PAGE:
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Posts posted by Minnesota

  1. On 8/13/2021 at 1:07 PM, PastorBob said:

    I like it.  I wish i had scrap pieces that big.  can you post more pics?  Would like to see how you did the bottom and inside.  Thanks!

    Sorry about the delay. My niece claimed the bag the moment she laid eyes on it. I had to get it back from her to snap a couple of photos. The bottom is all one piece folded length-ways. The two ends each have a notch cut in them so that the ends could wrap around, be stitched together, and voila! A bag is born.

    Chelsea's Bag Int.jpg

  2. On 8/3/2021 at 8:28 PM, TomE said:

    Sorry for the delay.  I wrote a reply but it didn't post.  The padding is 1/8" neoprene and the liner is cowhide tanned to resemble deerskin.

    It just goes to show that with a little imagination and ingenuity, an ordinary object or design can be taken to taken to another level. I want to try my hand at your design. I am extremely impressed with the way it turned out.

  3. It's never too late, well... I supposed the day we are put in the ground is the deadline...:P   :excuseme: too dark? 

    I started leatherworking about a year or so ago at the age of 40. I am disabled and desperately needed something productive to do. My brother bought me a beginners tool kit and a few belt blanks. He was in need of a new belt and I was falling headfirst into a deep, dark depression. Finding purpose in creating pulled me out of that headspace and I started becoming creative again. I will continue to do this until my body gives out, my mind gives out or the money runs out.

    Tip: Start small. Each step of the way requires a bit of practice, so begin with something simple to get a feel for it. Just don't wait to get started.

  4. I am a published writer with articles in a now defunct trucking publication. I haven't written anything of substance in a while but I am open to learning your format if you are still looking. I posted a few images in the gallery of things I have made. I am well versed in the use of a leatherworker's toolkit and I am familiar with the various chemicals we use in the process.  Let's have a conversation.

  5. I had no idea there was this kind of conversation swirling around the term "handmade". I'm not sure I really have anything of substance to offer here but it occurs to me that maybe the term "Artisan" (which I have seen in this conversation a few times) is more appropriate for what we do. I know I will be repeating much of what has already been said, however, In the same way that a baker uses basic tools like a measuring cup, rolling pin and a hot oven to make artisan bread. A woodworker may use a tablesaw, mallet and chisels to make custom furniture. Leatherworkers may use needle/thread, after poking their holes with a mallet/chisel punches. Or they may go the route of a sewing machine to make their custom creations. What we do has far less to do with the tools we choose to employ than how we manipulate the raw materials we work with into pieces of art. Understanding what a tool is for and how it affects the final outcome of the thing you are making is what makes us Artisans.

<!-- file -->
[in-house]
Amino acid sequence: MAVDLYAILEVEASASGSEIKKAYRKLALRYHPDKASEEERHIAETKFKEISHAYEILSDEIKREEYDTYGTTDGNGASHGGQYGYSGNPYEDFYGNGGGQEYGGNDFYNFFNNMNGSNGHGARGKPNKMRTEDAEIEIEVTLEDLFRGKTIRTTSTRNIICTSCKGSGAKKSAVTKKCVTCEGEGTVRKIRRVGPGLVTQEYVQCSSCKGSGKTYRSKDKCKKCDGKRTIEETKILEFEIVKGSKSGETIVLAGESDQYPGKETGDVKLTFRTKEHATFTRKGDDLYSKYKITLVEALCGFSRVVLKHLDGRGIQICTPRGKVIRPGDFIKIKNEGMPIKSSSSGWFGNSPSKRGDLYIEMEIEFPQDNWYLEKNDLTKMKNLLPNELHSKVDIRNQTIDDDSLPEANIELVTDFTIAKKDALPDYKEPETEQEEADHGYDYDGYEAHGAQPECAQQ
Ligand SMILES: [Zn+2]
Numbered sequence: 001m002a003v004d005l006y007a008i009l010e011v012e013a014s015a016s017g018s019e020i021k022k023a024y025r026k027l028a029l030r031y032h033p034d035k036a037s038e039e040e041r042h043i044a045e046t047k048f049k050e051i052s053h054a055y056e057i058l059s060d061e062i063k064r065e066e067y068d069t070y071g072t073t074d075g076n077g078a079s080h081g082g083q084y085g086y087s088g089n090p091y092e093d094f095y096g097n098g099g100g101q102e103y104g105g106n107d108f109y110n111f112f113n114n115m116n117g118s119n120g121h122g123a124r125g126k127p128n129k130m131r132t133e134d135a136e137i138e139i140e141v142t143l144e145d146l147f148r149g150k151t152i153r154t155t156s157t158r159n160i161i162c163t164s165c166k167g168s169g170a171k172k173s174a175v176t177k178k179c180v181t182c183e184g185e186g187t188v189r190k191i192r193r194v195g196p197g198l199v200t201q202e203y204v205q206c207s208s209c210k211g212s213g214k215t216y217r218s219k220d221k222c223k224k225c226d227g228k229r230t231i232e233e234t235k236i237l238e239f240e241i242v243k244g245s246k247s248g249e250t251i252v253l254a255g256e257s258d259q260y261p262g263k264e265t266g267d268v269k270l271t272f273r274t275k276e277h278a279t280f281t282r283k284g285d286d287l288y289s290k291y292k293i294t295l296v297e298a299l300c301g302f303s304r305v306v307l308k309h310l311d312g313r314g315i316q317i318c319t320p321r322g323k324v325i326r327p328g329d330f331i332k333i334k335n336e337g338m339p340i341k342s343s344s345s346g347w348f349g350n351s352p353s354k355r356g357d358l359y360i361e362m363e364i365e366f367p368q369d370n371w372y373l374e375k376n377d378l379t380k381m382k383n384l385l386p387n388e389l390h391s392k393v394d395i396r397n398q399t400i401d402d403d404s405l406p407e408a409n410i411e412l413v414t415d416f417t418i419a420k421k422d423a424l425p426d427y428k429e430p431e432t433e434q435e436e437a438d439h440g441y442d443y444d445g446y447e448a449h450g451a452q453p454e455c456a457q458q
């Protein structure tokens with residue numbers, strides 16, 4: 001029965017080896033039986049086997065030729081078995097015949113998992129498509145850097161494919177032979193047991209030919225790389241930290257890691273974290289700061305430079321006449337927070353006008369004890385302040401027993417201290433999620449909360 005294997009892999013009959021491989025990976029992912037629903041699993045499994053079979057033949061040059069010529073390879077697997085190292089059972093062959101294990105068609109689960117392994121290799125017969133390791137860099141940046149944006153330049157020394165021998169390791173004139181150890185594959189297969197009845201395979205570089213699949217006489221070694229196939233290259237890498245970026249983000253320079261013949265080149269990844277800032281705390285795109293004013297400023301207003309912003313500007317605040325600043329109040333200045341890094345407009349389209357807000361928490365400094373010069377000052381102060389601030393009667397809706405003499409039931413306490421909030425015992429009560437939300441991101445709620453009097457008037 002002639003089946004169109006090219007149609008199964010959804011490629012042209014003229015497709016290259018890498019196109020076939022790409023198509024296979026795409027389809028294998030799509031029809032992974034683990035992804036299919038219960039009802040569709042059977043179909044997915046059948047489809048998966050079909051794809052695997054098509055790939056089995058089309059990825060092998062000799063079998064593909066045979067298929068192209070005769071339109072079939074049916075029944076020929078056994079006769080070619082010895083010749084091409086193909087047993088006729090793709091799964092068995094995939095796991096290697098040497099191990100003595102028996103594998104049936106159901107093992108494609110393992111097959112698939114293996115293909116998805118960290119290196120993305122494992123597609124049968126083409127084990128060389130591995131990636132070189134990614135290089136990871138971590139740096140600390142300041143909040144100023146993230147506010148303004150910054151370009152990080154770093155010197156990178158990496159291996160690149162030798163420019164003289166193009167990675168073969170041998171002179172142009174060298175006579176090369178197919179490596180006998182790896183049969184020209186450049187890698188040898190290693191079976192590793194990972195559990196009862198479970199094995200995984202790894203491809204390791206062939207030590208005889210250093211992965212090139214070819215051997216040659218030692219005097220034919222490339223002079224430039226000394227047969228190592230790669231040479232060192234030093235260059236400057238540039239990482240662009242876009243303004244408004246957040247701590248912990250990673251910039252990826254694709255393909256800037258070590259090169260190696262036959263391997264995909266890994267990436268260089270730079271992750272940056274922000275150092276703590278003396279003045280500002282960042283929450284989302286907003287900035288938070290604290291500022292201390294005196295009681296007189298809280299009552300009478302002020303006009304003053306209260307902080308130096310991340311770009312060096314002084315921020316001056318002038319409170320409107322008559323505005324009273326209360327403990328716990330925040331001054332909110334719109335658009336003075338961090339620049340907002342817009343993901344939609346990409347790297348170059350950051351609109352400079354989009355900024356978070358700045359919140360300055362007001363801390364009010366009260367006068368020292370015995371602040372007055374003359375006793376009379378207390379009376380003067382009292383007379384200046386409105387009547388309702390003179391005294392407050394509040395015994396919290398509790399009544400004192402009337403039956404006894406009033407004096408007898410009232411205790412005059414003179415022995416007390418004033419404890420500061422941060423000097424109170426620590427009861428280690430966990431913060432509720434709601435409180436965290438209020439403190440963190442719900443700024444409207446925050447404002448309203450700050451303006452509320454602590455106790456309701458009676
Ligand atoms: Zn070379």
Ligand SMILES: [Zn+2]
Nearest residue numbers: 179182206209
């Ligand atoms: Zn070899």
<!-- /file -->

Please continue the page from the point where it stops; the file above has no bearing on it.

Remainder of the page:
To the original post: I think the terms "Handmade" and "Handcrafted" have just become synonymous in our vernacular with terms like "Artisan" and "From Scratch". Handmade indicates to the buyer that what they are getting is something that wasn't just assembled from a pile of ready-made pieces that needed to be fit together. Saying this belt or this purse, this watch band or this backpack is handmade is the makers way of saying "With love, I made this". 


  6. Hello everyone. It never occured to me to look for a dedicated online forum when I first started out on this little adventure. My story starts the same way many of your do too - A couple of years ago, I was in need of a new belt. I was usually content with the store-bought belts that I had been wearing all my life until I saw a guy with a genuine veg tan leather belt and asked him about it.

    I told my brother about what I had seen and the conversation that ensued, a week later a beginners leatherworking tool kit arrived with a dozen belt blanks and a note from my brother telling me to have at it and see what I could do.

    Those first few belts were a disaster; horrible dye jobs. The edges were nowhere near nice enough to show anyone. I rushed through the first batch rather than taking my time to get them right. I have since slowed down. Each step it taken with care. As my skills improved, so have my tools.   

    My most recent project is a new wristband for my watch as they don't make them long enough to go around my wrists.

    20210625_184143 (2).jpg

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